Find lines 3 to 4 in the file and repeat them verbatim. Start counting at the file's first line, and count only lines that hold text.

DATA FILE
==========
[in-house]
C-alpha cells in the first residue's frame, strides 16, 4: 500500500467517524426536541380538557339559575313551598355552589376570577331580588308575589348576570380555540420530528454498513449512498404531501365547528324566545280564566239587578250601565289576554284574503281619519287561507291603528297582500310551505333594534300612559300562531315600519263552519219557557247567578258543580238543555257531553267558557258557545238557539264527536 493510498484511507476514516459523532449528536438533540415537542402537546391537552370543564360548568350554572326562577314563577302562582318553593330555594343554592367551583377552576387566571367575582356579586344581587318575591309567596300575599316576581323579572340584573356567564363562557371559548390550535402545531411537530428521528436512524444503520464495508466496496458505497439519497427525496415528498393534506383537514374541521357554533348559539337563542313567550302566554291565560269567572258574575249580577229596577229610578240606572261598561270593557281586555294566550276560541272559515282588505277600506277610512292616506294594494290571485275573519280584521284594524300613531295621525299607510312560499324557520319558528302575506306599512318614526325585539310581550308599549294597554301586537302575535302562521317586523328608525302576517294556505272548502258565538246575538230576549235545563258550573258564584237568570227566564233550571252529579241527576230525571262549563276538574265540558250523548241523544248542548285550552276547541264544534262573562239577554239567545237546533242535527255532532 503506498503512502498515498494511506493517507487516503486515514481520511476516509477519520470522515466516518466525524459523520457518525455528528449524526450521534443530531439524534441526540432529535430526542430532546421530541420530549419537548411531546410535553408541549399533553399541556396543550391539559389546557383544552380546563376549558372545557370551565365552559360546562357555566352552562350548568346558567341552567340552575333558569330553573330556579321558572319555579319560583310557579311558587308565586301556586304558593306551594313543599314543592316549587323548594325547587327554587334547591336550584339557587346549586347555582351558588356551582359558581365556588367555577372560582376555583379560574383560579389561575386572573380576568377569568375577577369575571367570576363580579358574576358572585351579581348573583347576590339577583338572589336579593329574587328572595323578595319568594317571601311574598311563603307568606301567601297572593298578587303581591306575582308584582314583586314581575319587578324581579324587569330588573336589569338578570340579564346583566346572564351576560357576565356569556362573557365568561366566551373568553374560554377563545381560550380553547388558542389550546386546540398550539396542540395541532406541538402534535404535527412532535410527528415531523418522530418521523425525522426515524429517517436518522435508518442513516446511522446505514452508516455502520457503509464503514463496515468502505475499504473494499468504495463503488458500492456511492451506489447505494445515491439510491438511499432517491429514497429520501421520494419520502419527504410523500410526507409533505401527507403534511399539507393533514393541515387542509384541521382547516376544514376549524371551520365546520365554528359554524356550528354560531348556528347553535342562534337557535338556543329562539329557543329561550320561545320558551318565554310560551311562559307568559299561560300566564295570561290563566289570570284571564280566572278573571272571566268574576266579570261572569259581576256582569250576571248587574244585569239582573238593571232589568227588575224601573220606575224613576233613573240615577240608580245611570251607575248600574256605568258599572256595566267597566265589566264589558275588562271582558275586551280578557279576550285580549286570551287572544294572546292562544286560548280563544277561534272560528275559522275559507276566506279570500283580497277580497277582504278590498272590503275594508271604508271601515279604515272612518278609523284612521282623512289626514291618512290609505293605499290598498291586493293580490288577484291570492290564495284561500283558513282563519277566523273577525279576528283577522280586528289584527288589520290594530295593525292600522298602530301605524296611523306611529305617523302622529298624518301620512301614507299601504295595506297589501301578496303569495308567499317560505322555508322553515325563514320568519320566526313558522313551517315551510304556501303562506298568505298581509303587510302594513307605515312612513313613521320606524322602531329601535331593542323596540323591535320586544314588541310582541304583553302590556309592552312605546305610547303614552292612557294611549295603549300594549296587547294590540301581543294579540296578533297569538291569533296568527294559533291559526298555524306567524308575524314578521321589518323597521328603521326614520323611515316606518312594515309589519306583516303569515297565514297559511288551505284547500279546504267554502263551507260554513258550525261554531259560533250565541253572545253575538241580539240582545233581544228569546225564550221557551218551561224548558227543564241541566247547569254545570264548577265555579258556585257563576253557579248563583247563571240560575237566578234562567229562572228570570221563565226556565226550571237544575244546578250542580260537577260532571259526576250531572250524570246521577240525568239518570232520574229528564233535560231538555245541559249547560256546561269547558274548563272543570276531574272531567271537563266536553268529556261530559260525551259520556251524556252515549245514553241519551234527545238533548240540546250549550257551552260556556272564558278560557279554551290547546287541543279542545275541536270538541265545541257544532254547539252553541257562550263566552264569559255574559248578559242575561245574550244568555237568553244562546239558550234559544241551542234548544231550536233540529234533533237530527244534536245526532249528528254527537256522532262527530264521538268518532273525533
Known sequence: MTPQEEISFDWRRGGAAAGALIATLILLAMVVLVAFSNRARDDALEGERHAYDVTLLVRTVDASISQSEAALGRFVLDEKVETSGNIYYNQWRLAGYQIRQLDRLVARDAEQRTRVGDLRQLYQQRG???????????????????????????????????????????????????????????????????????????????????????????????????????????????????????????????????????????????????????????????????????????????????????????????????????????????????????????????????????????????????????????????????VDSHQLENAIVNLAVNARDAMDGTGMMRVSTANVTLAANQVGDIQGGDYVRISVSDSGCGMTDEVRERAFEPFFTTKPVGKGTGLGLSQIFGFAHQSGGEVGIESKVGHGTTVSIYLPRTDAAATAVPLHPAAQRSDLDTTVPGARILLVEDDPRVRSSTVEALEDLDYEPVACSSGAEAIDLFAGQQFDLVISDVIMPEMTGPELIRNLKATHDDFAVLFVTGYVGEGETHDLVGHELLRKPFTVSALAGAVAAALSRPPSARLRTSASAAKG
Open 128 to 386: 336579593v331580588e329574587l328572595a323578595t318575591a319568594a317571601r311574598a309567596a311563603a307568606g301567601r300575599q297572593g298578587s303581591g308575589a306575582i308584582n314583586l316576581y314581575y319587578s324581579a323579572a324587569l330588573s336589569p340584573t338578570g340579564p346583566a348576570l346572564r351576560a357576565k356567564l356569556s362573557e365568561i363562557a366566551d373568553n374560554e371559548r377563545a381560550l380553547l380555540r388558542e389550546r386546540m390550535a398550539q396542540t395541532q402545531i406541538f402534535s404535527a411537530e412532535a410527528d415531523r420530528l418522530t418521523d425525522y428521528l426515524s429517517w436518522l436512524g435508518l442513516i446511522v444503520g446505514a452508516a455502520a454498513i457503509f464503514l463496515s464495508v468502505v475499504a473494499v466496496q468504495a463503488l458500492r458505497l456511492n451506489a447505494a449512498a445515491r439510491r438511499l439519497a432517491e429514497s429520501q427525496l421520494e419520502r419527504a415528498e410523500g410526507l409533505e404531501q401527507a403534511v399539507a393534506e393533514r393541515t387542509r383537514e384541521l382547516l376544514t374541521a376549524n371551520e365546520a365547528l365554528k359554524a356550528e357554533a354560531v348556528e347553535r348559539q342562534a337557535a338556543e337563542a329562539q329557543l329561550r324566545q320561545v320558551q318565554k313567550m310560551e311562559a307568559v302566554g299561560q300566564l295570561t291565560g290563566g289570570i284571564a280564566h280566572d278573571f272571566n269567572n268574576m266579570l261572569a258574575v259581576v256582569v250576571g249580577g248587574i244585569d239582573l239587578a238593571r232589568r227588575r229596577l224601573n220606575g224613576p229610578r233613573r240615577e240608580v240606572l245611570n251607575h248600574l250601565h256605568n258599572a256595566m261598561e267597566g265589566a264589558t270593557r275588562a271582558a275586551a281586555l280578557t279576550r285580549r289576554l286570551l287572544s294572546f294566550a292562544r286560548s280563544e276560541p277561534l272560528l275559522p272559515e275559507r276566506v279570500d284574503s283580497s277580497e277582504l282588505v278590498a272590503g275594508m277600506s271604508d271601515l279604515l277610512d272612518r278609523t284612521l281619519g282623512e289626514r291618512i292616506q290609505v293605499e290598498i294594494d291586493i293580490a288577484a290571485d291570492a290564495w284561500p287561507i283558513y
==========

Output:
Known sequence: MTPQEEISFDWRRGGAAAGALIATLILLAMVVLVAFSNRARDDALEGERHAYDVTLLVRTVDASISQSEAALGRFVLDEKVETSGNIYYNQWRLAGYQIRQLDRLVARDAEQRTRVGDLRQLYQQRG???????????????????????????????????????????????????????????????????????????????????????????????????????????????????????????????????????????????????????????????????????????????????????????????????????????????????????????????????????????????????????????????????VDSHQLENAIVNLAVNARDAMDGTGMMRVSTANVTLAANQVGDIQGGDYVRISVSDSGCGMTDEVRERAFEPFFTTKPVGKGTGLGLSQIFGFAHQSGGEVGIESKVGHGTTVSIYLPRTDAAATAVPLHPAAQRSDLDTTVPGARILLVEDDPRVRSSTVEALEDLDYEPVACSSGAEAIDLFAGQQFDLVISDVIMPEMTGPELIRNLKATHDDFAVLFVTGYVGEGETHDLVGHELLRKPFTVSALAGAVAAALSRPPSARLRTSASAAKG
Open 128 to 386: 336579593v331580588e329574587l328572595a323578595t318575591a319568594a317571601r311574598a309567596a311563603a307568606g301567601r300575599q297572593g298578587s303581591g308575589a306575582i308584582n314583586l316576581y314581575y319587578s324581579a323579572a324587569l330588573s336589569p340584573t338578570g340579564p346583566a348576570l346572564r351576560a357576565k356567564l356569556s362573557e365568561i363562557a366566551d373568553n374560554e371559548r377563545a381560550l380553547l380555540r388558542e389550546r386546540m390550535a398550539q396542540t395541532q402545531i406541538f402534535s404535527a411537530e412532535a410527528d415531523r420530528l418522530t418521523d425525522y428521528l426515524s429517517w436518522l436512524g435508518l442513516i446511522v444503520g446505514a452508516a455502520a454498513i457503509f464503514l463496515s464495508v468502505v475499504a473494499v466496496q468504495a463503488l458500492r458505497l456511492n451506489a447505494a449512498a445515491r439510491r438511499l439519497a432517491e429514497s429520501q427525496l421520494e419520502r419527504a415528498e410523500g410526507l409533505e404531501q401527507a403534511v399539507a393534506e393533514r393541515t387542509r383537514e384541521l382547516l376544514t374541521a376549524n371551520e365546520a365547528l365554528k359554524a356550528e357554533a354560531v348556528e347553535r348559539q342562534a337557535a338556543e337563542a329562539q329557543l329561550r324566545q320561545v320558551q318565554k313567550m310560551e311562559a307568559v302566554g299561560q300566564l295570561t291565560g290563566g289570570i284571564a280564566h280566572d278573571f272571566n269567572n268574576m266579570l261572569a258574575v259581576v256582569v250576571g249580577g248587574i244585569d239582573l239587578a238593571r232589568r227588575r229596577l224601573n220606575g224613576p229610578r233613573r240615577e240608580v240606572l245611570n251607575h248600574l250601565h256605568n258599572a256595566m261598561e267597566g265589566a264589558t270593557r275588562a271582558a275586551a281586555l280578557t279576550r285580549r289576554l286570551l287572544s294572546f294566550a292562544r286560548s280563544e276560541p277561534l272560528l275559522p272559515e275559507r276566506v279570500d284574503s283580497s277580497e277582504l282588505v278590498a272590503g275594508m277600506s271604508d271601515l279604515l277610512d272612518r278609523t284612521l281619519g282623512e289626514r291618512i292616506q290609505v293605499e290598498i294594494d291586493i293580490a288577484a290571485d291570492a290564495w284561500p287561507i283558513y